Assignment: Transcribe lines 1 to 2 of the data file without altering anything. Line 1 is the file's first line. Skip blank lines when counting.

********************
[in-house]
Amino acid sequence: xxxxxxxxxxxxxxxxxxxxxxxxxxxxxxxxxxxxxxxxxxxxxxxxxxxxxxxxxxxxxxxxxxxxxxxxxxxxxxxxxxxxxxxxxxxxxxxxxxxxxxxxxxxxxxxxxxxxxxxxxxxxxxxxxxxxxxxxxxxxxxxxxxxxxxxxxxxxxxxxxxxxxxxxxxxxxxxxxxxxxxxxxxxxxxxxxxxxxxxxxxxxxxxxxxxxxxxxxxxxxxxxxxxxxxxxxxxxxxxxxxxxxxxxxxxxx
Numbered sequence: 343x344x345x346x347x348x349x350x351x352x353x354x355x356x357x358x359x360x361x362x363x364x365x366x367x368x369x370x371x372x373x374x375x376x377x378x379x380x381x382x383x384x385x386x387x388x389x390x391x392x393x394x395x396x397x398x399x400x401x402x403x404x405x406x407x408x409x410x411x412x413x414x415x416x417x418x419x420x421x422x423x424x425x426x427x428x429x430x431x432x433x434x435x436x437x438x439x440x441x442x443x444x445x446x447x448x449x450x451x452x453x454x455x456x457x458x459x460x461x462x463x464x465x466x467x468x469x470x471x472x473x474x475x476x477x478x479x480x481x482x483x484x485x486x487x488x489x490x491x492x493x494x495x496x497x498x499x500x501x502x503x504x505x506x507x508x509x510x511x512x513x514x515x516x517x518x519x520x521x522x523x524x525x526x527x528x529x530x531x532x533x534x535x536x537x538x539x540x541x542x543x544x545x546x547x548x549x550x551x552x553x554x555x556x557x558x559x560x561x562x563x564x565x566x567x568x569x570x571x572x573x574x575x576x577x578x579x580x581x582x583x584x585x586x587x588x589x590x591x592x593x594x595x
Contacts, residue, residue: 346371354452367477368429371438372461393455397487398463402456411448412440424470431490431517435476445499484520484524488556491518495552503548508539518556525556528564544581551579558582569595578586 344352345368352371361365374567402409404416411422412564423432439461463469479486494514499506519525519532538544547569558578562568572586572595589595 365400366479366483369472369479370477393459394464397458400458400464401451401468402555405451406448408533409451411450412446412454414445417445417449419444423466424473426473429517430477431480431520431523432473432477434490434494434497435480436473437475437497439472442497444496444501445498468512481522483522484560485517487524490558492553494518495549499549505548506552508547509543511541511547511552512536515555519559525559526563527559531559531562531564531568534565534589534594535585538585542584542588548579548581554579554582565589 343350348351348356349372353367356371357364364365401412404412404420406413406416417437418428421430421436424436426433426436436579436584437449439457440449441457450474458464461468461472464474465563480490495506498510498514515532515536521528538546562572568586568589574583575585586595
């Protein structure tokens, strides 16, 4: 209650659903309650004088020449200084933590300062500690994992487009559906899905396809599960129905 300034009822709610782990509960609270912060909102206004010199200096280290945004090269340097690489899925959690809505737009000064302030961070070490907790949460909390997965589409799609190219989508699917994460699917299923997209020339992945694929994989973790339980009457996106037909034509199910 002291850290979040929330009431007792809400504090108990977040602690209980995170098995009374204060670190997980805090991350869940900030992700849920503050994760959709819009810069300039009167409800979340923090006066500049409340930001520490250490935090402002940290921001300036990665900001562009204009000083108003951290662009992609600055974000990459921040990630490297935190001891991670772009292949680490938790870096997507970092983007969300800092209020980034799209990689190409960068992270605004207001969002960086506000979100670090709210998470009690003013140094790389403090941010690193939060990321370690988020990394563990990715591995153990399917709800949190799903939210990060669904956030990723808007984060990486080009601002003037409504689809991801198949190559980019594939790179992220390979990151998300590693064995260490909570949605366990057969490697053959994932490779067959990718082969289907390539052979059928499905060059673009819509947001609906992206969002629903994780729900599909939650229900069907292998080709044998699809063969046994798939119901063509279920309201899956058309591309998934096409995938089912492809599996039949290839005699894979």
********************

[in-house]
Amino acid sequence: xxxxxxxxxxxxxxxxxxxxxxxxxxxxxxxxxxxxxxxxxxxxxxxxxxxxxxxxxxxxxxxxxxxxxxxxxxxxxxxxxxxxxxxxxxxxxxxxxxxxxxxxxxxxxxxxxxxxxxxxxxxxxxxxxxxxxxxxxxxxxxxxxxxxxxxxxxxxxxxxxxxxxxxxxxxxxxxxxxxxxxxxxxxxxxxxxxxxxxxxxxxxxxxxxxxxxxxxxxxxxxxxxxxxxxxxxxxxxxxxxxxxxxxxxxxxx